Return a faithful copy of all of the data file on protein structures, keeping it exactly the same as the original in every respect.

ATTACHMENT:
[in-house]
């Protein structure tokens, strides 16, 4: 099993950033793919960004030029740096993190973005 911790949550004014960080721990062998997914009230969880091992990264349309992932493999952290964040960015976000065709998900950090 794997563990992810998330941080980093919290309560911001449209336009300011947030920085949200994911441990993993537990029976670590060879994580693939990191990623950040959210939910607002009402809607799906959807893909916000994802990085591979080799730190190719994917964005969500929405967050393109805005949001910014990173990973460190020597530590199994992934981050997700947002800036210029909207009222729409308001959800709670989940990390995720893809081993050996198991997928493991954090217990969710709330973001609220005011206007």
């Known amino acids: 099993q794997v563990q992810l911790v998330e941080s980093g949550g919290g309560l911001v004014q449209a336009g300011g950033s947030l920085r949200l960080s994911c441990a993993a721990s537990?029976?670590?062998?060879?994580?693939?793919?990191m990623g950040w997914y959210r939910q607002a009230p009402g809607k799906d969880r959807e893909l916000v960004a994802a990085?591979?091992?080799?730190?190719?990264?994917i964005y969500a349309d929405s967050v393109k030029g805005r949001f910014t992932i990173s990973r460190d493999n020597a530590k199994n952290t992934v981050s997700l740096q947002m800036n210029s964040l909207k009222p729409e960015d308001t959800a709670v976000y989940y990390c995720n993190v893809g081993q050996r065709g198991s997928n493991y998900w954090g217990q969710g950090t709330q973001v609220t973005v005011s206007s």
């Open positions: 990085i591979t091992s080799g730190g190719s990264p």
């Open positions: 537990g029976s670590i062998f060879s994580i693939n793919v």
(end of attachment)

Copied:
[in-house]
């Protein structure tokens, strides 16, 4: 099993950033793919960004030029740096993190973005 911790949550004014960080721990062998997914009230969880091992990264349309992932493999952290964040960015976000065709998900950090 794997563990992810998330941080980093919290309560911001449209336009300011947030920085949200994911441990993993537990029976670590060879994580693939990191990623950040959210939910607002009402809607799906959807893909916000994802990085591979080799730190190719994917964005969500929405967050393109805005949001910014990173990973460190020597530590199994992934981050997700947002800036210029909207009222729409308001959800709670989940990390995720893809081993050996198991997928493991954090217990969710709330973001609220005011206007």
């Known amino acids: 099993q794997v563990q992810l911790v998330e941080s980093g949550g919290g309560l911001v004014q449209a336009g300011g950033s947030l920085r949200l960080s994911c441990a993993a721990s537990?029976?670590?062998?060879?994580?693939?793919?990191m990623g950040w997914y959210r939910q607002a009230p009402g809607k799906d969880r959807e893909l916000v960004a994802a990085?591979?091992?080799?730190?190719?990264?994917i964005y969500a349309d929405s967050v393109k030029g805005r949001f910014t992932i990173s990973r460190d493999n020597a530590k199994n952290t992934v981050s997700l740096q947002m800036n210029s964040l909207k009222p729409e960015d308001t959800a709670v976000y989940y990390c995720n993190v893809g081993q050996r065709g198991s997928n493991y998900w954090g217990q969710g950090t709330q973001v609220t973005v005011s206007s």
């Open positions: 990085i591979t091992s080799g730190g190719s990264p």
């Open positions: 537990g029976s670590i062998f060879s994580i693939n793919v």